"The 75,000 doses anticipated to expire in June will now be available for administration until August 7, with some of the lots expiring July 24," the department said in a news release.

Tulsa Transit

The new Tulsa Transit circuit route serving north Tulsa will be free to ride effective Monday and lasting through the end of 2021.

Route 969, or the Workforce Express Network, "was developed to support and increase economic development in the North Tulsa area," the transit agency said in a news release. "Tulsa Transit is offering free fares June 21 through December 31 to help riders understand the route, the areas it serves and how it can help those who are in need of transportation."

Tuesday's top stories:

• The Oklahoma Department of Human Services is taking public input on how it should spend more than $500 million in federal funding meant to assist working families with child care.

• Researchers excavating a mass grave in Oaklawn Cemetery gave an update on the investigation's progress on Monday.

Monday's top stories:

• A Green Country summer camp has reported dozens of COVID-19 cases, primarily among staff.

• Rep. Tom Cole (R-Okla.) things Oklahoma's below-average COVID-19 vaccination rate can be attributed to mistrust of government, concerns about vaccine side effects, and laziness.

• The Tulsa's Young Professionals Urbanist Crew has released a recommendation for the removal of the segment of Interstate 244 running through Greenwood.

New Life Ranch

A Green Country Christian summer camp is on hold and changing its public health protocols following a COVID-19 outbreak.

At least 25 staff members at the New Life Ranch Flint Valley camp in Colcord have tested positive, according to camp officials.

One camper at New Life Ranch's Frontier Cove camp in Adair has also tested positive, the camp said.

Tulsa Tough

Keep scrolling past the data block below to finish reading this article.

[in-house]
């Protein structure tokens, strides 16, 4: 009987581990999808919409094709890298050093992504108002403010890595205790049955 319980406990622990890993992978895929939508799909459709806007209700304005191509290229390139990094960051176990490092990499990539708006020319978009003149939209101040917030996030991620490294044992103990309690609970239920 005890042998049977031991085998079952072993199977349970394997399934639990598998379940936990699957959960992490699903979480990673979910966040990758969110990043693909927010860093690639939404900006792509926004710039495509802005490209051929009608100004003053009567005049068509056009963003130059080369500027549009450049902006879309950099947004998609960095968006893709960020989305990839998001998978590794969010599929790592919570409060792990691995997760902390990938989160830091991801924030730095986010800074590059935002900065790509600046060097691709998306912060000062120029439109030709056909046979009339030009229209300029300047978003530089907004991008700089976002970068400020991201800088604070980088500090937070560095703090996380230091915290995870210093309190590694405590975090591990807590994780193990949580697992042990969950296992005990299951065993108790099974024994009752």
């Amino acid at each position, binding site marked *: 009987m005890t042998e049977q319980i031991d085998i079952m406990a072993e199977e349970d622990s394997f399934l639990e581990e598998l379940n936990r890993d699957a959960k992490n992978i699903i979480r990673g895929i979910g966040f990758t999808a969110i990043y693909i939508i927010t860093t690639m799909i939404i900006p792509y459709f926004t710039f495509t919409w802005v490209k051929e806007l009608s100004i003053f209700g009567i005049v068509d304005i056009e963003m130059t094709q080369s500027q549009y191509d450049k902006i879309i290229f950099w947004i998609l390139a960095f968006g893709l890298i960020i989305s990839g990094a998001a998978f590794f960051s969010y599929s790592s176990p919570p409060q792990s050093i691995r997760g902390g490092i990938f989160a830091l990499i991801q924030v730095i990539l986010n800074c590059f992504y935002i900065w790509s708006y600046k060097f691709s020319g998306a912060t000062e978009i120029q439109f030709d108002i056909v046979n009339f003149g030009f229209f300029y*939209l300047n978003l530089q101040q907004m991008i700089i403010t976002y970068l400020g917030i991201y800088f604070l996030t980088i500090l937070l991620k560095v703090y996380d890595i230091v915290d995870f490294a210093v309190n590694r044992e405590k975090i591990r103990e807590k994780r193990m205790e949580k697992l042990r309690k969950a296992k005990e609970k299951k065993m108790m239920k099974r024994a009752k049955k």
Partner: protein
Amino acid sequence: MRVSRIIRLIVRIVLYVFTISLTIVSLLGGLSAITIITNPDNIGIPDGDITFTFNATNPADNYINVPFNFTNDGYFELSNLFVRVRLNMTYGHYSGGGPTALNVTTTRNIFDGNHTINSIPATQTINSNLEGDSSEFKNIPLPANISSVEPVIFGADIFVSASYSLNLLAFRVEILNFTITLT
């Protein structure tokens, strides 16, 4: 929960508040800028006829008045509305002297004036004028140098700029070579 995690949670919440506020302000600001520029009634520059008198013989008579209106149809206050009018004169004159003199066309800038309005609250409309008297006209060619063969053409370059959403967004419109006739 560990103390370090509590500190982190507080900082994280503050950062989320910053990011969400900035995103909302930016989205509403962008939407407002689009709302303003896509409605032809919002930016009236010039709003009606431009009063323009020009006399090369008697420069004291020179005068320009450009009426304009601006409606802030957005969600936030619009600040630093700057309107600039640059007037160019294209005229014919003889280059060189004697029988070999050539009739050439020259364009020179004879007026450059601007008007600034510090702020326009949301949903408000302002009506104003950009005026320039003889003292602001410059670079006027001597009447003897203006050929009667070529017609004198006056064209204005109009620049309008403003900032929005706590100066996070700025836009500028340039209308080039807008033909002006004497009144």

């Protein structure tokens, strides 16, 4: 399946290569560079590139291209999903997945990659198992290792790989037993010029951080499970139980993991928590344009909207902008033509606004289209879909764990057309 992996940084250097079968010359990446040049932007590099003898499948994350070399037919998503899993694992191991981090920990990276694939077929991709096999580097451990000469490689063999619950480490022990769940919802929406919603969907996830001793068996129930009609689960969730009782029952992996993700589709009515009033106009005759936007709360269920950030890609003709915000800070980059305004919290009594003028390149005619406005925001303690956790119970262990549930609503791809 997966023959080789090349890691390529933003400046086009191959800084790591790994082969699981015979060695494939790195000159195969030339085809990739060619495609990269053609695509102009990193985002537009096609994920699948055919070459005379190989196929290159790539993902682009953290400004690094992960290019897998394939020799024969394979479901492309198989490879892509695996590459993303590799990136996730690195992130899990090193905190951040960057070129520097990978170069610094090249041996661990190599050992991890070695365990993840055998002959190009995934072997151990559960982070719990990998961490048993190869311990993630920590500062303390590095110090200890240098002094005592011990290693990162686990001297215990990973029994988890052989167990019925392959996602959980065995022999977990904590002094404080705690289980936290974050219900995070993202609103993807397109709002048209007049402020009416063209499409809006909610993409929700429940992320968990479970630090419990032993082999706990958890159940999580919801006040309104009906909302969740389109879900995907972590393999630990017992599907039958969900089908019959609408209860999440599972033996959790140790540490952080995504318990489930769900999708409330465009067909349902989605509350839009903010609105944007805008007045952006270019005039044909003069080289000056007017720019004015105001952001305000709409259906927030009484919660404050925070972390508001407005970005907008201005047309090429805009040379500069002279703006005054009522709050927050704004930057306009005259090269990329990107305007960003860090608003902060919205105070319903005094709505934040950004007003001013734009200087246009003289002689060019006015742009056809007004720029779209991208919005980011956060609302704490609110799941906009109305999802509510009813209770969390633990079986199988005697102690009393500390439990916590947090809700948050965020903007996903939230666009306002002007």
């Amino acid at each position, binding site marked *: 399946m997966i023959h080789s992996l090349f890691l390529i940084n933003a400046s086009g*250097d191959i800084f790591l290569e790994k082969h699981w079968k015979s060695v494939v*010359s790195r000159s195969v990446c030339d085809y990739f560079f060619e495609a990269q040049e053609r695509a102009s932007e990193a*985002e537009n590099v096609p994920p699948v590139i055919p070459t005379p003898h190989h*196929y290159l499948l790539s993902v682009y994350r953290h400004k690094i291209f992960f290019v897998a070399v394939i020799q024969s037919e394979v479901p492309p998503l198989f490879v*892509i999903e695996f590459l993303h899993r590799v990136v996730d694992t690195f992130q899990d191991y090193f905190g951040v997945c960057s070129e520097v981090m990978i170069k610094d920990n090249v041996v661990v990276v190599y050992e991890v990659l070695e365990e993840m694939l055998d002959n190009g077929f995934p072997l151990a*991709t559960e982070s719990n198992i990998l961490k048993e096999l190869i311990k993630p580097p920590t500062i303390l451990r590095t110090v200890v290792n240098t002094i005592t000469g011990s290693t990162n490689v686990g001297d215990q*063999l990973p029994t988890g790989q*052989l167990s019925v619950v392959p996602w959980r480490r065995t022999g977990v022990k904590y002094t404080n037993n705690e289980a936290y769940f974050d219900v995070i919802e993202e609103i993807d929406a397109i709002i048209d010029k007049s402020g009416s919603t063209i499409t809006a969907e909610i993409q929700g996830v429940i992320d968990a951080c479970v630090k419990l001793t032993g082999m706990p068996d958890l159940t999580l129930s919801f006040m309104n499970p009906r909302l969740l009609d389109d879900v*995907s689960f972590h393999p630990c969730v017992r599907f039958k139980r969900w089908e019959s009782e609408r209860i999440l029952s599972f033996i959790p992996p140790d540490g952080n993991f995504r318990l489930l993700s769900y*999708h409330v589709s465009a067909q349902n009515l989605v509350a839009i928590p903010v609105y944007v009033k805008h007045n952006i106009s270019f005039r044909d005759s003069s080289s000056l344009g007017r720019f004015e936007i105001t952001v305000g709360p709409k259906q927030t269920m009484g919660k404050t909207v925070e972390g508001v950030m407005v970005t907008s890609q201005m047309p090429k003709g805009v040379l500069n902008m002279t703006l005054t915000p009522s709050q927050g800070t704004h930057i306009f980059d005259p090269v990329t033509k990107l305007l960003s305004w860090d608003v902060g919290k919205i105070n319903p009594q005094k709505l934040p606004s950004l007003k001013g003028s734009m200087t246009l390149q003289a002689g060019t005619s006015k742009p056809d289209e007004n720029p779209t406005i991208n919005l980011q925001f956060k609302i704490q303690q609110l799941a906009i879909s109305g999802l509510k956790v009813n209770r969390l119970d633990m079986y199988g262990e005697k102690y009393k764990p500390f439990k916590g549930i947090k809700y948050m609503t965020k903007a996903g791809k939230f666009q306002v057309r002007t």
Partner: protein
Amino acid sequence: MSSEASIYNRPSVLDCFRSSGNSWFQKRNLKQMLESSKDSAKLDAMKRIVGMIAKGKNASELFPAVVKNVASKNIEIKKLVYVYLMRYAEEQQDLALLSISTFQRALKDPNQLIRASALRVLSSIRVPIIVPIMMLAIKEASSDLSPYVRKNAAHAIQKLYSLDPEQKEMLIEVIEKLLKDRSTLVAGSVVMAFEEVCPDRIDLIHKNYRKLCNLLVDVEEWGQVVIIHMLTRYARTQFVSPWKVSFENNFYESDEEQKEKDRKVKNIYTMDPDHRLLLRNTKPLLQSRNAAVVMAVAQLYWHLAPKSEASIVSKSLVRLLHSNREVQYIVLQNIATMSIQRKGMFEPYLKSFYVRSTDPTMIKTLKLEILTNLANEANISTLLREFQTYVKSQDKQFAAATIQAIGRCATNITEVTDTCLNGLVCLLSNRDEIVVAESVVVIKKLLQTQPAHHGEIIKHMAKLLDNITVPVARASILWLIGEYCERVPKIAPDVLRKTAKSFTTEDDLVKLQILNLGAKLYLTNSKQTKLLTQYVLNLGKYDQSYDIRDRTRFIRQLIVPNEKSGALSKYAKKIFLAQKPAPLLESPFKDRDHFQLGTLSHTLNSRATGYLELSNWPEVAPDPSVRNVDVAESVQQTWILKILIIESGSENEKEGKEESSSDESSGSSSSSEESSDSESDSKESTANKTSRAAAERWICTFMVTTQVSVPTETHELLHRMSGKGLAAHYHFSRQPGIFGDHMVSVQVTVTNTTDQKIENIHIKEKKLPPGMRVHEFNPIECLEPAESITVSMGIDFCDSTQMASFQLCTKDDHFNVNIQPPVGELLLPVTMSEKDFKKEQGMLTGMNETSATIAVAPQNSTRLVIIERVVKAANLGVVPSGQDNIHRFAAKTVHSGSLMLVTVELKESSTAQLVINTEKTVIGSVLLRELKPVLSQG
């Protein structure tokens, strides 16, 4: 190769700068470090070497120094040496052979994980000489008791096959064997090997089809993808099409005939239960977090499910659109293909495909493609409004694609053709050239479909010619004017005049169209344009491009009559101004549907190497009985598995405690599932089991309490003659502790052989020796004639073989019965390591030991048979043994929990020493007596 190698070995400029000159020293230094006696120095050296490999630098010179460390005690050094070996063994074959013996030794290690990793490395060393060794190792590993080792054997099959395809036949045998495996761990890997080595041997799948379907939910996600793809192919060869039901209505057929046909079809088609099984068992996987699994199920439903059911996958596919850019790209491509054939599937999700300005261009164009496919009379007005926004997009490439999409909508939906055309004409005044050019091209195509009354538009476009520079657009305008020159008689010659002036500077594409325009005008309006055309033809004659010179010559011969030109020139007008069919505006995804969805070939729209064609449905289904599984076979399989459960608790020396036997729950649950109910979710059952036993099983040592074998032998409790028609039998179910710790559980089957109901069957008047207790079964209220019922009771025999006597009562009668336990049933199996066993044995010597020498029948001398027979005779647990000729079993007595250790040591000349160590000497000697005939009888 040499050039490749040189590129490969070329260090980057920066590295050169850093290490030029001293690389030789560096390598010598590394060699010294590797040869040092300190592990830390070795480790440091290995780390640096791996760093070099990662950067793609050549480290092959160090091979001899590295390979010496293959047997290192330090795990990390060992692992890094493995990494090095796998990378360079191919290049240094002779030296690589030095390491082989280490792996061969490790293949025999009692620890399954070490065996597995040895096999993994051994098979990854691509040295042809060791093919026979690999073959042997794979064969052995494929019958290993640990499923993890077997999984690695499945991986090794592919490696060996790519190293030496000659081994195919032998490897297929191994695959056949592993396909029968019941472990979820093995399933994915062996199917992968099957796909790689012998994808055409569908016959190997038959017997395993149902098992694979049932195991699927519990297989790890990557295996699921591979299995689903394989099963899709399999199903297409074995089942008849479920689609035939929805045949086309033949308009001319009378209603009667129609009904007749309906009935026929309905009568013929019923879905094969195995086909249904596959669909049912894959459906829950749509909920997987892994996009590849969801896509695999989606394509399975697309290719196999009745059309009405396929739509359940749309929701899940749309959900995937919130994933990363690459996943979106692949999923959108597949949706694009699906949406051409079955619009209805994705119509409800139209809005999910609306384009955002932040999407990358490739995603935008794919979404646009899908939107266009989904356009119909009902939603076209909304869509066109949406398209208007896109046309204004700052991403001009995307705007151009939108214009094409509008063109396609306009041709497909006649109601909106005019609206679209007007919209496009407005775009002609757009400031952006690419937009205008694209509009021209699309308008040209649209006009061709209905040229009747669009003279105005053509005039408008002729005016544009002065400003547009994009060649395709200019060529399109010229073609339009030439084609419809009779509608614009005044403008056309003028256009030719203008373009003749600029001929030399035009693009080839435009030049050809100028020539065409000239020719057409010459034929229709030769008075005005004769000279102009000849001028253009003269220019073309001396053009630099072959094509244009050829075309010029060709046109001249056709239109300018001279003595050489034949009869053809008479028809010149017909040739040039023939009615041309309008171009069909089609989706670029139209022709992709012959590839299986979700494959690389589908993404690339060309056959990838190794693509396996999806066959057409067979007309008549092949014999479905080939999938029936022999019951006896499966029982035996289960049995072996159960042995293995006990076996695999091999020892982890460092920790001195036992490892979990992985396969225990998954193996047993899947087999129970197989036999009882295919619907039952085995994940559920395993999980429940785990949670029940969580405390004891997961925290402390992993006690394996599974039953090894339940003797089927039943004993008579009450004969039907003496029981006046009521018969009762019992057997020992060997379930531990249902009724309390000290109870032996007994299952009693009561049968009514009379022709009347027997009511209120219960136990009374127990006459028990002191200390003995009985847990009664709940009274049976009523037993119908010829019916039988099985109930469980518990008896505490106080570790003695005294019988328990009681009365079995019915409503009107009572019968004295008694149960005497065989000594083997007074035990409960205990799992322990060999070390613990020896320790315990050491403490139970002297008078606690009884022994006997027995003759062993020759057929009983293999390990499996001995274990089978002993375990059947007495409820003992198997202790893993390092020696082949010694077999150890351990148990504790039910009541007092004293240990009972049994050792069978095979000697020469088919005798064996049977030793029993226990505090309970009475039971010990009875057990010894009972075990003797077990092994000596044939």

A Tulsa tradition and throngs of bicyclists return to the city Friday after the COVID-19 pandemic forced a cancellation in 2020.

Saint Francis Tulsa Tough is scheduled to kick off at 5:00 p.m. with a race through the Blue Dome district beginning at 3rd and Elgin.

Other races and rides are scheduled throughout the weekend, including longer and more leisurely "fondos" as well as a family-friendly "townie ride" beginning and ending Sunday afternoon at Cry Baby Hill, at the corner of 15th and Riverside.

OU Health

A top doctor at OU Health said Thursday that their hospital system had no COVID-19 patients in their intensive care units one day this week.

"Which was the first time in a long time we had nobody in our ICUs with COVID-19," Dr. Dale Bratzler said in a video update. 

Bratzler also shared that after a winter season with an extremely low number of flu and respiratory syncytial virus (RSV), diagnoses of the latter are on the upswing among children.

Friday's top stories:

• Oklahoma health officials say they are not giving up on trying to get the state's COVID-19 vaccination rate out from near the bottom of national rankings.

• A Tulsa nonprofit is taking applications for free air conditioning units for eligible county residents.

• The Oklahoma Employment Security Commission has widened eligibility for a cash incentive program introduced after Gov. Kevin Stitt ended extra weekly federal unemployment benefits.

Tulsa Weather Coalition